Maintenance Approaches in Bipolar 1 Disorder
Andrew Cutler, MD, reviews the different types of medications for the management of bipolar I disorder.
EP: 1.Overview of Bipolar 1 Disorder and Bipolar 2 Disorder
EP: 2.Role of Family History and Genetics in Bipolar 1 Disorder
EP: 3.Symptoms Associated with Bipolar 1 Disorder
EP: 4.Treatment Approaches to Bipolar 1 Disorder and Associated Comorbidities
EP: 5.FDA Approved Medications for Bipolar 1 Disorder
EP: 6.Maintenance Approaches in Bipolar 1 Disorder
EP: 7.Use of Antipsychotics in Bipolar 1 Disorder
EP: 8.Long-Acting Injectables (LAIs) in Bipolar 1 Disorder
EP: 9.Safety and Efficacy of Long-Acting Injectables for Bipolar 1 Disorder
EP: 10.Current Role of Long-Acting Injectables in Bipolar 1 Disorder
EP: 11.Key Takeaways for Treatment of Bipolar 1 Disorder
Vladimir Maletic, MD, MS: That is all excellent advice and insight. You’ve mentioned treatment of mania and any number of choices of antipsychotic agents starting with first-generation chlorpromazine all the way to second-generation agents. You’ve been kind to list approved treatments for bipolar depression and you pointed out that it’s important to keep in mind that not only do we have evidence of efficacy but also safety, but how about maintenance? You mentioned lamotrigine and lithium, what are some of the other medications that you would consider in maintenance of bipolar disorder?
Andrew Cutler, MD: If we think about the traditional mood stabilizers, divalproex and carbamazepine are not actually FDA-approved for maintenance. I was an investigator years ago on a divalproex maintenance trial that failed, and there were methodologic reasons. They included people who were very stable, who didn’t have many mood episodes, and so what are the odds they’re going to have a mood episode? There wasn’t a lot of mood episodes to count here. I try to start with FDA approved. I like lithium and lamotrigine for maintenance. A few years ago, the APA [American Psychiatric Association] treatment guidelines for bipolar disorder said that antipsychotics should only be used acutely and should not be used for maintenance; now, that has changed. The thinking has absolutely changed, and we have several that are FDA approved for maintenance treatment of bipolar disorder. Often, I find if a medicine works acutely for a patient, it usually continues to work if they continue to take it. I’m more likely to stay with the medicine that help them in the acute phase, and then I might add to it. Most of our patients are on more than 1 medication, and bipolar disorders are difficult to treat with just 1 medication. The FDA requires monotherapy trials, so many of our medications are only approved as monotherapy. We have several approved as combination with either lithium or divalproex for mania, and we have 2 now that are FDA approved for bipolar depression in combination with either lithium or divalproex. Those are some of my thoughts. The other thing about maintenance is sometimes we must treat certain associated symptoms or breakthrough symptoms. Often you might be dealing with insomnia or anxiety or, as we talked about, some of the aspects of ADHD, and sometimes we are adding other medications to assist with that.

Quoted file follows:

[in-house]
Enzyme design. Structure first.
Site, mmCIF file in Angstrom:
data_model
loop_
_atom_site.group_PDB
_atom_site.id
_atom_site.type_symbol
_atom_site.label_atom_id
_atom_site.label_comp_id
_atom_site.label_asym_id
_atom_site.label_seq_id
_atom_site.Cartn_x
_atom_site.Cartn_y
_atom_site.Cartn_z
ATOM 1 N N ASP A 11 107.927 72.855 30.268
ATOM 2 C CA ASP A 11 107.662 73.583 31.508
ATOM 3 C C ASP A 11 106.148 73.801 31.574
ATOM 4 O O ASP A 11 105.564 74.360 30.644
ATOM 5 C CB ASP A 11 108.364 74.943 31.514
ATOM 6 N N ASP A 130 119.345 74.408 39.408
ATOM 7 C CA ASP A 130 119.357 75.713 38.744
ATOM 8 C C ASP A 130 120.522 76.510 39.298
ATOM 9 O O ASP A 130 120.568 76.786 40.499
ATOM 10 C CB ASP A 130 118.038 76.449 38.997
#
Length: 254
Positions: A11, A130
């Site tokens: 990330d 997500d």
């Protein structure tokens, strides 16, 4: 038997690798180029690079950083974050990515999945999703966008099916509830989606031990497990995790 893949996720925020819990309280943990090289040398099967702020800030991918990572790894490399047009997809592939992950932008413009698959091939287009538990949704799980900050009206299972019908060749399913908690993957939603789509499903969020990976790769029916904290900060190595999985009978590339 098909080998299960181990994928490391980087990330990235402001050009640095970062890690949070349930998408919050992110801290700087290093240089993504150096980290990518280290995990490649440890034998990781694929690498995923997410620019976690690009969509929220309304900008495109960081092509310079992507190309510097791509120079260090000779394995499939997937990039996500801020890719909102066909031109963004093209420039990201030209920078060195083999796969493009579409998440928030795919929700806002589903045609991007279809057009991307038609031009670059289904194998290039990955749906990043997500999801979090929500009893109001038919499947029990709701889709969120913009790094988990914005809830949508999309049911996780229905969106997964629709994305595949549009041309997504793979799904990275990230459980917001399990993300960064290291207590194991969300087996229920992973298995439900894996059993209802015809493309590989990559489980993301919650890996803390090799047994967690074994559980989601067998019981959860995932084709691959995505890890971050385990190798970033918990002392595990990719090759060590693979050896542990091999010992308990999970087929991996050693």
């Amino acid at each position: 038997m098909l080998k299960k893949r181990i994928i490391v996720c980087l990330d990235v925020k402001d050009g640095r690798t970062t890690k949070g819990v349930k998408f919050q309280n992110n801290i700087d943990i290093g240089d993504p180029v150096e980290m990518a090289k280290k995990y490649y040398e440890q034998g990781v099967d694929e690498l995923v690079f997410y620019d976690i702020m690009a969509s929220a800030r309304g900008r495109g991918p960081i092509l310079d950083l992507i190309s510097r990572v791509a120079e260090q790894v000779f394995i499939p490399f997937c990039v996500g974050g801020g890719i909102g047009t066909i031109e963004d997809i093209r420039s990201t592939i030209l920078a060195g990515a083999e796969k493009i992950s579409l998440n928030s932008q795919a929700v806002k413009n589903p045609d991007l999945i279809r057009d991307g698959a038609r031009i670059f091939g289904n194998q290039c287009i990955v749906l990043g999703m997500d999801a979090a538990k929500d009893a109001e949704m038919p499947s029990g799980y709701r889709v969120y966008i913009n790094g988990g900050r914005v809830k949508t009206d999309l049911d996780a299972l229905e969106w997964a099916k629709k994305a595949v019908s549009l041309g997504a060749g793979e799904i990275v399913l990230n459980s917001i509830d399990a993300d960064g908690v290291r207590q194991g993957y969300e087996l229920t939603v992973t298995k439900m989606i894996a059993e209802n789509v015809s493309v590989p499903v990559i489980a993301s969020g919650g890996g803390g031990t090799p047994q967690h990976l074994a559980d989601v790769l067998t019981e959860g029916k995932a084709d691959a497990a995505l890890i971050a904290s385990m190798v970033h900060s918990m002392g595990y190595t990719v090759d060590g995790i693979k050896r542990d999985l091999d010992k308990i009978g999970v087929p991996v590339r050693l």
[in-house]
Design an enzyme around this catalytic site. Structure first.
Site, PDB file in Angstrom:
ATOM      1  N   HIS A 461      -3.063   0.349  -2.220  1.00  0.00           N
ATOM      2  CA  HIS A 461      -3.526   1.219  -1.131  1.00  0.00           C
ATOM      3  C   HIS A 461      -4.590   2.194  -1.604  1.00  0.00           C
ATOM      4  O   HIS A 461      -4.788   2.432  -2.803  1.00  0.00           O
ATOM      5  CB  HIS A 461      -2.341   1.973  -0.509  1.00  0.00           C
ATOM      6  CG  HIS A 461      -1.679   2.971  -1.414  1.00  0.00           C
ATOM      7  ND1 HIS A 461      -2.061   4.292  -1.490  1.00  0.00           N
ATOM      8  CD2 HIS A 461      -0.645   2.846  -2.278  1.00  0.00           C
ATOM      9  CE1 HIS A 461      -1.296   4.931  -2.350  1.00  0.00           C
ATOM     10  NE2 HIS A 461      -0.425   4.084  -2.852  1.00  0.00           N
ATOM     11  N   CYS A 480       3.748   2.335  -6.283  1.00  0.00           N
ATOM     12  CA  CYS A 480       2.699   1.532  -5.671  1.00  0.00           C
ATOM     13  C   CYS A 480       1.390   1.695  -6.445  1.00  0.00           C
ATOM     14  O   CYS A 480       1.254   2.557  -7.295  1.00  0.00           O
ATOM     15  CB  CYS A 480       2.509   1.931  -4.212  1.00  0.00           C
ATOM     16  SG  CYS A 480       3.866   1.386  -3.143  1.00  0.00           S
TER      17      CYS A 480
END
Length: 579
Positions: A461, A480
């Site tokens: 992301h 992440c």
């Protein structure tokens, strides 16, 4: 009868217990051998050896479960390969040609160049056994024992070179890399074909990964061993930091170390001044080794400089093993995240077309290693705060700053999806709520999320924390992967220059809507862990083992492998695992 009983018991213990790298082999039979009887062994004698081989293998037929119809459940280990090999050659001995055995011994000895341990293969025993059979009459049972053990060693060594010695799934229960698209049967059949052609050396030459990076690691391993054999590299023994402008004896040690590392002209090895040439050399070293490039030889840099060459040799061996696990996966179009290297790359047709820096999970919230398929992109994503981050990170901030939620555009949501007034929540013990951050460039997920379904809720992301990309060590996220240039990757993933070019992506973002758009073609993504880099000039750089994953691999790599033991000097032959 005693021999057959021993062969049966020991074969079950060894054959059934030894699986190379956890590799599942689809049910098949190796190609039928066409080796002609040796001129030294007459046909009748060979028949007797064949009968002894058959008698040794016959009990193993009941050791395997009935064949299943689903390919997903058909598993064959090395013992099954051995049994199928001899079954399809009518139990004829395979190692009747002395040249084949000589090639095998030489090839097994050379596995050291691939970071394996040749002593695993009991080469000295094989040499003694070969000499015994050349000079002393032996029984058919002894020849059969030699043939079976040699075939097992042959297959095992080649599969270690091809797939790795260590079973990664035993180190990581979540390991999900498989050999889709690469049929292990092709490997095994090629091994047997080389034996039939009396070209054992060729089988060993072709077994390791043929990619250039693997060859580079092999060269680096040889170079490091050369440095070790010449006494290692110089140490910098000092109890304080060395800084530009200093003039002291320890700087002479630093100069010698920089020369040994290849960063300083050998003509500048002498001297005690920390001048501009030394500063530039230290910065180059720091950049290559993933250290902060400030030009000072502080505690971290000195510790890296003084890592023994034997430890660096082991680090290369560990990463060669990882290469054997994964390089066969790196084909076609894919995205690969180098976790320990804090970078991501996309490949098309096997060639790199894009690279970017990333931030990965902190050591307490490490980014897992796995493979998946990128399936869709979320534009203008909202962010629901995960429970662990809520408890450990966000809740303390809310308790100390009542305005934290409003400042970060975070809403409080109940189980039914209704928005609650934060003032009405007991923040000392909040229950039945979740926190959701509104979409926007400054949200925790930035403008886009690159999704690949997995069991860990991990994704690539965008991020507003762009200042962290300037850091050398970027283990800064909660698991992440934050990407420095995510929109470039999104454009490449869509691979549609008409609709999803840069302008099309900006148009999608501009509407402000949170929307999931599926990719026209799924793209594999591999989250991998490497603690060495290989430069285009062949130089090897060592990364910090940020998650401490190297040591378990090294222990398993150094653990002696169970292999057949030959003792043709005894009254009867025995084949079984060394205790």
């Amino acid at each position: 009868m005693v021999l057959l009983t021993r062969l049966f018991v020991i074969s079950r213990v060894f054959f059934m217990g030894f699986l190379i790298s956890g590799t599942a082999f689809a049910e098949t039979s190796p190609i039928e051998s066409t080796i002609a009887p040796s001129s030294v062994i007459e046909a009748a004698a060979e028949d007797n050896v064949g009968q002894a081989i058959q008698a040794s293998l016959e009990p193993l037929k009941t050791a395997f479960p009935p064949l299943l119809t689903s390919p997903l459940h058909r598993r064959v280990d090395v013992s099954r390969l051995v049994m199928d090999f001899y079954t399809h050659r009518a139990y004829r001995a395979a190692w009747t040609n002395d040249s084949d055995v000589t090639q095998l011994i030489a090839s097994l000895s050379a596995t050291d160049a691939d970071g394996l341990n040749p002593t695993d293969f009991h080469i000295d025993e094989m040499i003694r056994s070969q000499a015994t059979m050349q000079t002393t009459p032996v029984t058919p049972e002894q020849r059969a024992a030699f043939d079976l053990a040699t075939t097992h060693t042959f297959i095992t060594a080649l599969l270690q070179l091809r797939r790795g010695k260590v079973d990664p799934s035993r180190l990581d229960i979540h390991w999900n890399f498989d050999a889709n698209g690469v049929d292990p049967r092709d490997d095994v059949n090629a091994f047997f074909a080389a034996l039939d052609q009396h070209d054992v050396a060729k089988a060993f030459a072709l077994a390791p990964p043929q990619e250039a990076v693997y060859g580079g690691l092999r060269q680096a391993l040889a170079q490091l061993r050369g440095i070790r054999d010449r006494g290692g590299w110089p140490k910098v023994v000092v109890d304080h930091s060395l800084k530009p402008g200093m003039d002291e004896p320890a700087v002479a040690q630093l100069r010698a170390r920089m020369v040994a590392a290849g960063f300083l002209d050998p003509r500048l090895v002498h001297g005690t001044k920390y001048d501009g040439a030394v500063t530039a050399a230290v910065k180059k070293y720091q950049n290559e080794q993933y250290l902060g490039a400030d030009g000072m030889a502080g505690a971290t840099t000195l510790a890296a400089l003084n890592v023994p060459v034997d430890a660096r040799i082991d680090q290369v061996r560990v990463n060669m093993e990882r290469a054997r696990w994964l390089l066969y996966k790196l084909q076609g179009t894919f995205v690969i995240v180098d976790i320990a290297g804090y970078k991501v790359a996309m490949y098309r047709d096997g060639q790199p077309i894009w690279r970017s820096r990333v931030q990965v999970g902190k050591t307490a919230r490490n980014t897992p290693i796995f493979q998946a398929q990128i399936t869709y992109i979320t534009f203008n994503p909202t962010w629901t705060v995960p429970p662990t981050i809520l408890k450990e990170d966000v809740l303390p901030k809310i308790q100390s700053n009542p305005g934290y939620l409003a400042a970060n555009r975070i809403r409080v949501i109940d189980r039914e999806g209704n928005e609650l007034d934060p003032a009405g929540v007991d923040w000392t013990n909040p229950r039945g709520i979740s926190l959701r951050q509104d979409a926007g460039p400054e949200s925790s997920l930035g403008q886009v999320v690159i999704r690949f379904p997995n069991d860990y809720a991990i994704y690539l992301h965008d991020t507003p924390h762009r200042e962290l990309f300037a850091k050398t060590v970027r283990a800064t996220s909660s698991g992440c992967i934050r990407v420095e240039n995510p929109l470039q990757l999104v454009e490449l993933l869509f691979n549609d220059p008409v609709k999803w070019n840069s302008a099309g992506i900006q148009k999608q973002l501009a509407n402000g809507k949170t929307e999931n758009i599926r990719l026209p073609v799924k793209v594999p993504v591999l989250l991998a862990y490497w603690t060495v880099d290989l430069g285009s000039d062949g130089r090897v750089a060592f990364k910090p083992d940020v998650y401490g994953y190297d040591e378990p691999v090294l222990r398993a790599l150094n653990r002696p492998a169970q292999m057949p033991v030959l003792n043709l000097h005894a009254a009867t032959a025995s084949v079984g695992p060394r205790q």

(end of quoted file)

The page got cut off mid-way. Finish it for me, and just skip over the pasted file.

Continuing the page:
Transcript edited for clarity